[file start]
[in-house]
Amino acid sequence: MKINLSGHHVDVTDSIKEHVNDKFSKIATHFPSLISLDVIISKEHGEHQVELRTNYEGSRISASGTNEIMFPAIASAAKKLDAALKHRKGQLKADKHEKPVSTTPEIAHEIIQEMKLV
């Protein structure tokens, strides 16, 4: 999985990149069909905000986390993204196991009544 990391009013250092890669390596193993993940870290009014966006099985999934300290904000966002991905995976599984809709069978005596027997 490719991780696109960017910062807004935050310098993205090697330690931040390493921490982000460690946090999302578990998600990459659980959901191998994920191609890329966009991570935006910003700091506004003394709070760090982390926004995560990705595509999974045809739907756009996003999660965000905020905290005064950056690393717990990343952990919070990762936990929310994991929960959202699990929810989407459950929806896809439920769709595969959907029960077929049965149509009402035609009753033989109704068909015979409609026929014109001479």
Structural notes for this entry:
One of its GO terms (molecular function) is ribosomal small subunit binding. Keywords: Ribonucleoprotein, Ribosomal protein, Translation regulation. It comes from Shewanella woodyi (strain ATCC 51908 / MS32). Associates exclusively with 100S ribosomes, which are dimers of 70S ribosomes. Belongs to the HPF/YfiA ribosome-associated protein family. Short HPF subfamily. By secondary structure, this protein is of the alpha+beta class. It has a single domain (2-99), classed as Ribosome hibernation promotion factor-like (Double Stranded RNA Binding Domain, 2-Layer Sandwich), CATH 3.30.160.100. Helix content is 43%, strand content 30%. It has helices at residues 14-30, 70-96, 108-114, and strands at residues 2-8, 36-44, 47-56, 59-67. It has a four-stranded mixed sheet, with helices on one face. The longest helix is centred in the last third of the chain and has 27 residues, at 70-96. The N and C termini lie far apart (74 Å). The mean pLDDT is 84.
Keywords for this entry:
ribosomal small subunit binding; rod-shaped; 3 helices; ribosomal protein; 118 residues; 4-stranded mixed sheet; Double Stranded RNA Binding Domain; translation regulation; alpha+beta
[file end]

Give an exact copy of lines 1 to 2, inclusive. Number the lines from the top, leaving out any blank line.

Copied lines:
[in-house]
Amino acid sequence: MKINLSGHHVDVTDSIKEHVNDKFSKIATHFPSLISLDVIISKEHGEHQVELRTNYEGSRISASGTNEIMFPAIASAAKKLDAALKHRKGQLKADKHEKPVSTTPEIAHEIIQEMKLV